Herbal breastfeeding teas are generally considered safe, but there are always exceptions. Because there are many different brands and stores that offer herbal nursing teas, read labels carefully and check to make sure each ingredient is safe. Many of the herbs used in nursing teas have been used as medications throughout history.

Just as with any other drug, herbs can have side effects when taken in large doses. Always consult your doctor or a lactation consultant before using any herbal supplements, including teas, especially if you are pregnant or breastfeeding.

How do I prepare and use an herbal breastfeeding tea?

Once you have found a tea that is deemed safe by your healthcare practitioner, you’ll want to slowly integrate it. When you start a new herb or tea, it is always best to begin by taking a small amount and gradually increasing it over a few days. A slower, gradual start can help to prevent or minimize the risk of side effects. Dosages vary depending on the person. A small amount may work very well for some women while very high doses will not work at all for others.

Tea can be made by the cup or by the pot. Check the directions on the package, because they may vary from these. The amount of time the herbs steep (sit in hot water) will determine the strength of the tea and varies depending on the herbs used. In general, steep one to three minutes for a weaker tea and five minutes or longer for a stronger dose. Some herbs are bitter, so you may not want to steep them too long.

By the Cup: Pour 1 cup (8 oz) of boiling water over one tea bag or 1 teaspoon of dried herb. Cover and steep for the desired amount of time.

By the Pot: Add one tea bag or 1 teaspoon of dried herbs per cup of boiling water in your teapot. Allow the tea to remain in the pot for the desired length of time and then remove the tea bags or strain the tea to remove the loose herbs. Do not drink the entire pot of tea in one sitting. Divide it into portions and drink it a few times throughout the day.

Most teas can be consumed multiple times in a day. However, even tea can be dangerous depending on the dose or how much you drink. It is not recommended to drink more than 32 ounces per day. Check the safety guidelines on the tea you purchase and confirm with your health care provider.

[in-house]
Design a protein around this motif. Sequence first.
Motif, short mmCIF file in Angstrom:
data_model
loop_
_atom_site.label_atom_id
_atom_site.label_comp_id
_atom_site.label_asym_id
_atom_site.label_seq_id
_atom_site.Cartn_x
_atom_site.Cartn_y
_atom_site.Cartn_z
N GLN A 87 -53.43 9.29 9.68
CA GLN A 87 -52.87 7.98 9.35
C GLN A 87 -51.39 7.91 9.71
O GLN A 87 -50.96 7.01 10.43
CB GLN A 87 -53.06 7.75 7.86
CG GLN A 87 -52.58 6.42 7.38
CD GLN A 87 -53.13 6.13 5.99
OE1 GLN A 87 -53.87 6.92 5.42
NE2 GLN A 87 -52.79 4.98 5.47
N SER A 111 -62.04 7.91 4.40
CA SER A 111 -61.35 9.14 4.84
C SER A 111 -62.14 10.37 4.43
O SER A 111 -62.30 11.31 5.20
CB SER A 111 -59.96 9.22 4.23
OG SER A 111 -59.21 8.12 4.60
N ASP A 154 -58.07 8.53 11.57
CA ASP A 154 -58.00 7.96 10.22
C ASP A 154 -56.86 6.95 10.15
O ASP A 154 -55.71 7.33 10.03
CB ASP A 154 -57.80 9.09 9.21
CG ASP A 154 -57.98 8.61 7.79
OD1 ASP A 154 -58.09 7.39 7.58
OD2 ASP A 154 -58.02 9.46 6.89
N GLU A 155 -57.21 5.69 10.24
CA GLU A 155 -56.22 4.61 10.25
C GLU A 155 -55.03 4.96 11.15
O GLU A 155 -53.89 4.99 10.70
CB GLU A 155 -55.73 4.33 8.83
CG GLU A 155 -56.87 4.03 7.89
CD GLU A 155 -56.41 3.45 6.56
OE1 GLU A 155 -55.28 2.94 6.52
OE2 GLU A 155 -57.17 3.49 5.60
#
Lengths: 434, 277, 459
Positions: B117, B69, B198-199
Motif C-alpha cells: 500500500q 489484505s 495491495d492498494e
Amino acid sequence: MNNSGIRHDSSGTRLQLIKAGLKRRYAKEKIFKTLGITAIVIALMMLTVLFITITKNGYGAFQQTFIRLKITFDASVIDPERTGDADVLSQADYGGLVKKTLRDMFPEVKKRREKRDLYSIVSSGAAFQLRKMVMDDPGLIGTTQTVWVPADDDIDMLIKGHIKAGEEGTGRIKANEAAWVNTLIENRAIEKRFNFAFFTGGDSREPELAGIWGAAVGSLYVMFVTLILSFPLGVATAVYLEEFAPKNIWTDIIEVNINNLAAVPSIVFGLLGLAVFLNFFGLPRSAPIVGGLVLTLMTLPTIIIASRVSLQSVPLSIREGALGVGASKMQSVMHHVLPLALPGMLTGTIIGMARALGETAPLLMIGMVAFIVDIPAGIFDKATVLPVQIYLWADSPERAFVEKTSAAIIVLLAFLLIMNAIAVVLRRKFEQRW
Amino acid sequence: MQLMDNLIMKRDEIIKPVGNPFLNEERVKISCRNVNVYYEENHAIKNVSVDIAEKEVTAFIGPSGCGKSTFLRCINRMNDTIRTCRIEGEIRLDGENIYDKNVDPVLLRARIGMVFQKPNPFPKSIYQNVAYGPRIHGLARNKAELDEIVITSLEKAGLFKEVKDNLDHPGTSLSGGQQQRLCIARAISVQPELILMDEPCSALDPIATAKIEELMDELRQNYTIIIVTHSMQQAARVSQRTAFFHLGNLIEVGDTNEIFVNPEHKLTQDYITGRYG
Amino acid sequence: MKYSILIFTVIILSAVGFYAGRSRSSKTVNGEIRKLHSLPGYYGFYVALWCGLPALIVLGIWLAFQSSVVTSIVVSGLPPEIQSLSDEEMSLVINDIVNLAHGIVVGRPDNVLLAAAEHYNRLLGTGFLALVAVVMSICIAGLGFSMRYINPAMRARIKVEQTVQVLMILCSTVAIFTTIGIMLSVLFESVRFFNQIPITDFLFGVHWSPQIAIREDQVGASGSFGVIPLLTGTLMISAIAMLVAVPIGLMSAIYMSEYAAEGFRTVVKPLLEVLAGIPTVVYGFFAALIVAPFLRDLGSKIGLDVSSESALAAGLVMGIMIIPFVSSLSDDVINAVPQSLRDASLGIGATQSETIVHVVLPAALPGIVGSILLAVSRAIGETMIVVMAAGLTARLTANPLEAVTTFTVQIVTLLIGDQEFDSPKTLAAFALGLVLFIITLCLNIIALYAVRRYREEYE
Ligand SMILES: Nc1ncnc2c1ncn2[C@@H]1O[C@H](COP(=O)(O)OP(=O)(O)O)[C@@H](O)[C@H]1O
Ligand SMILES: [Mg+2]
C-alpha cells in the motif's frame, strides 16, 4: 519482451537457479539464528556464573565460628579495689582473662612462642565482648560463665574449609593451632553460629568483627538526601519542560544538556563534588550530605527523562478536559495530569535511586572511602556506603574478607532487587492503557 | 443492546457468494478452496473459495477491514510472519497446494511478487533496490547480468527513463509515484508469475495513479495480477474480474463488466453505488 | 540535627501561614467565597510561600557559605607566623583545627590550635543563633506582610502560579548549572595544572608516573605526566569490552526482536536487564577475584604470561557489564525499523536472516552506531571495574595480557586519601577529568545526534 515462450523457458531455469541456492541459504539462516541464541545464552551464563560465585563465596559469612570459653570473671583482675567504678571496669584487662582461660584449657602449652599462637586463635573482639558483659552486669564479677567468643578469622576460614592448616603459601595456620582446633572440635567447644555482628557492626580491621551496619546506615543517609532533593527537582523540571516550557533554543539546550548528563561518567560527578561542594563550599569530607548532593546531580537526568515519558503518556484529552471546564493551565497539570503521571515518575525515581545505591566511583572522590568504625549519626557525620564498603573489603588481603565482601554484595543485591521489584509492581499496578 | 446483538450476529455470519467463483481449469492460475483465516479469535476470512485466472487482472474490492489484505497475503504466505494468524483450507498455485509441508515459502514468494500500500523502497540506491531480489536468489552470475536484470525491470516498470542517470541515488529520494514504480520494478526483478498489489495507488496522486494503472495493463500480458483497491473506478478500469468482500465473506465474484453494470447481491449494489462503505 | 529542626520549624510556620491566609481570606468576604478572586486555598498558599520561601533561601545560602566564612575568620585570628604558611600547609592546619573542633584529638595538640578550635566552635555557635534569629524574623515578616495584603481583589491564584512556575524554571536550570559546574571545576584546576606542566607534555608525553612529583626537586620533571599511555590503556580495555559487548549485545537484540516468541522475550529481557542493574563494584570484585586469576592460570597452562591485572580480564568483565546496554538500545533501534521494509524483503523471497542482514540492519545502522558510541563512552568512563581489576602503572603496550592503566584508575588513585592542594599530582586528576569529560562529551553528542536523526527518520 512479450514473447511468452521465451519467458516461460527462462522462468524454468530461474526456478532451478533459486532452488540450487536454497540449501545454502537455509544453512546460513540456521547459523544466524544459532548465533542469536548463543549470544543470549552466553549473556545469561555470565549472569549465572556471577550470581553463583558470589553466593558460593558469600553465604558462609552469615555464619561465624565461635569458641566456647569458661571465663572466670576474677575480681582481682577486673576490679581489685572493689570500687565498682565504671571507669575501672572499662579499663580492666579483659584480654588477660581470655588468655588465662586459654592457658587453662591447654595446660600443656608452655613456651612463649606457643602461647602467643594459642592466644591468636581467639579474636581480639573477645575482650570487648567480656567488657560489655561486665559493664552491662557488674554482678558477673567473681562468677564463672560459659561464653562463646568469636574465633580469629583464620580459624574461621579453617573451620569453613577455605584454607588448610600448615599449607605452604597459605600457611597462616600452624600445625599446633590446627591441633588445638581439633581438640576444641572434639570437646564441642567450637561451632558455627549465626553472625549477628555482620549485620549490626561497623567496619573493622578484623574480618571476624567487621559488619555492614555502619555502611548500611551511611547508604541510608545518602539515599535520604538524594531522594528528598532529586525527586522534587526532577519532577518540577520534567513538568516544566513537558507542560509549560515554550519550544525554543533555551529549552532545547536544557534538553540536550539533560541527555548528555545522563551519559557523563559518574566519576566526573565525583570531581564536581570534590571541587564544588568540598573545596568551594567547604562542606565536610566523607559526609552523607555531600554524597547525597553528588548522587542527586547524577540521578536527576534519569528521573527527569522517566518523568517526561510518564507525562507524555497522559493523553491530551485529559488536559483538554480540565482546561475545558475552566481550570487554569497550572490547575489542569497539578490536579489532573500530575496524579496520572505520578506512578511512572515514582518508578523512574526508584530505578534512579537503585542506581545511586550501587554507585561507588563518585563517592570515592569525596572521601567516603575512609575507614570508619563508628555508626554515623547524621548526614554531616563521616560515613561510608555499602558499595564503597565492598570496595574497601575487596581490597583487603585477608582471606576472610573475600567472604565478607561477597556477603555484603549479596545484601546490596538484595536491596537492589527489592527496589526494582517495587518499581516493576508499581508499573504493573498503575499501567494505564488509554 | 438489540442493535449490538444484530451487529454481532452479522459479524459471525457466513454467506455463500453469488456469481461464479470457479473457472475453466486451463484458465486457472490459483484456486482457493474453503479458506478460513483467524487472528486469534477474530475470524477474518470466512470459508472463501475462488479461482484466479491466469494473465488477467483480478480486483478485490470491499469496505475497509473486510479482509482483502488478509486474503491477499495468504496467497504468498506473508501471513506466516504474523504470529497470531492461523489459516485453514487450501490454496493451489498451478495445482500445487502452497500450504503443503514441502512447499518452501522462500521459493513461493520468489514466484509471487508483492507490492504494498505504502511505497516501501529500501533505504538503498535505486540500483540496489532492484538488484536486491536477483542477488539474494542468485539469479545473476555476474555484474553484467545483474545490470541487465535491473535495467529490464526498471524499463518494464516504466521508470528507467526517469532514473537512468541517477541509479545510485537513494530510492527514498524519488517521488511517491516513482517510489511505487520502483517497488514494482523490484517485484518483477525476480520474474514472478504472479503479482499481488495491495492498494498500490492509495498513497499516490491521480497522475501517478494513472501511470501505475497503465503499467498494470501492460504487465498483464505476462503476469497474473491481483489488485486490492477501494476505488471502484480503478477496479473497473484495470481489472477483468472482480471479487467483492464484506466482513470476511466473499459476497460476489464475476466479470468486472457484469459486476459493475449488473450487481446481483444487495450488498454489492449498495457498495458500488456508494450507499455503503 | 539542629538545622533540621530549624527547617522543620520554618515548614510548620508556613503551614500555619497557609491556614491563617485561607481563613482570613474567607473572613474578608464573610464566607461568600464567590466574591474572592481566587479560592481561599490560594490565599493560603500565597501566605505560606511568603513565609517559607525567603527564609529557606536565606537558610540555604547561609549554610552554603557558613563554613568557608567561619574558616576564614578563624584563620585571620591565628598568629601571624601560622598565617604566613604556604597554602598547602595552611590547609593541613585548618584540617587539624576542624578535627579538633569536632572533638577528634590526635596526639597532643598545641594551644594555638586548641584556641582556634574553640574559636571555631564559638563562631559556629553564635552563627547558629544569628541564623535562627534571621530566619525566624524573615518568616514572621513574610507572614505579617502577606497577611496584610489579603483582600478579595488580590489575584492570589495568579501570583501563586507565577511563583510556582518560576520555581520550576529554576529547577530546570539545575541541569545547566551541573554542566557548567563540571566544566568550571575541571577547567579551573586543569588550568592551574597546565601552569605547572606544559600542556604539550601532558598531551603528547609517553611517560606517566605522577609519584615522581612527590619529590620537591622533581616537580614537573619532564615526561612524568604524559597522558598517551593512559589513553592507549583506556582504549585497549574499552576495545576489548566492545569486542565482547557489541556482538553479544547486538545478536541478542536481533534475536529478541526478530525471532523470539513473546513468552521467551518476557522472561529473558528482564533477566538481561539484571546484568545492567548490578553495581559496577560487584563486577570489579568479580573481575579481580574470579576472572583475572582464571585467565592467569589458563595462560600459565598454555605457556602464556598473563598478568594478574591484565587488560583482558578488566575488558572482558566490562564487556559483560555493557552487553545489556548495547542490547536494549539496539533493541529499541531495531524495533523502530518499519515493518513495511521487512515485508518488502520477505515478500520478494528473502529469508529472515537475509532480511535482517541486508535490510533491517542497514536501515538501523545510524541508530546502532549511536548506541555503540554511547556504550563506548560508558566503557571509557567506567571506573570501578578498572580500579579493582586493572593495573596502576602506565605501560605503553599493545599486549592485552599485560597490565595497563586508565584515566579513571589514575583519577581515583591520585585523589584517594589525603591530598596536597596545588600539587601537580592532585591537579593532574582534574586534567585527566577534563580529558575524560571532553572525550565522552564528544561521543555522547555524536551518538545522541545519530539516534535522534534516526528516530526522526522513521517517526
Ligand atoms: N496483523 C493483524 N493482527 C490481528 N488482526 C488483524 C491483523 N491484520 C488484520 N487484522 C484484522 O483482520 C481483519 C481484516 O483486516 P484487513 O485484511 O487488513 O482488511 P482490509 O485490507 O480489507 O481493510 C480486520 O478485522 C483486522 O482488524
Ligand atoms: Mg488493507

Which herbs work best for increasing milk supply?

The common breastfeeding herbs for nursing teas are fenugreek, blessed thistle, fennel, stinging nettle, goat's rue, alfalfa, milk thistle, anise, marshmallow root, red raspberry leaf, coriander, caraway, and verbena. Combining herbs that increase breast milk production with herbs that support relaxation and others that provide a pleasant flavor can create a tasty, soothing blend. 

You can choose to make your own tea by using the herbs that you prefer or the ones that work the best for you. If you do prepare your own blend, make sure you purchase high-quality herbs from a reliable source. If you do not wish to make your own, you can purchase a commercially prepared nursing tea at a grocery store, pharmacy, vitamin shop, or online.

Note that the Food and Drug Administration (FDA) does not regulate herbs, so you may not be able to determine if they have been contaminated, they contain unknown additives, or they have been misidentified. Some herbs are even toxic. It’s extremely important to get your herbs and herbal mixtures from a source that has a safety protocol in place and can prove there has been no contamination.

Why Trust Verywell Family?

Navigating the postpartum world can be an overwhelming and oversaturated market. There are so many products out there that claim to help with this or that, and a Registered Dietitian can help you navigate that market by providing evidence-based recommendations. Lauren Cohen, MS, RD, LDN hopes that, by narrowing down some options, you and your physician can make an informed decision about including galactagogues, such as breastfeeding teas, into your diet.

In assembling this list of breastfeeding teas, Lauren looked to guidance from the FDA, NIH, and multiple research studies to ensure that the ingredients are recognized as safe and approved for use in breastfeeding women.

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Article Sources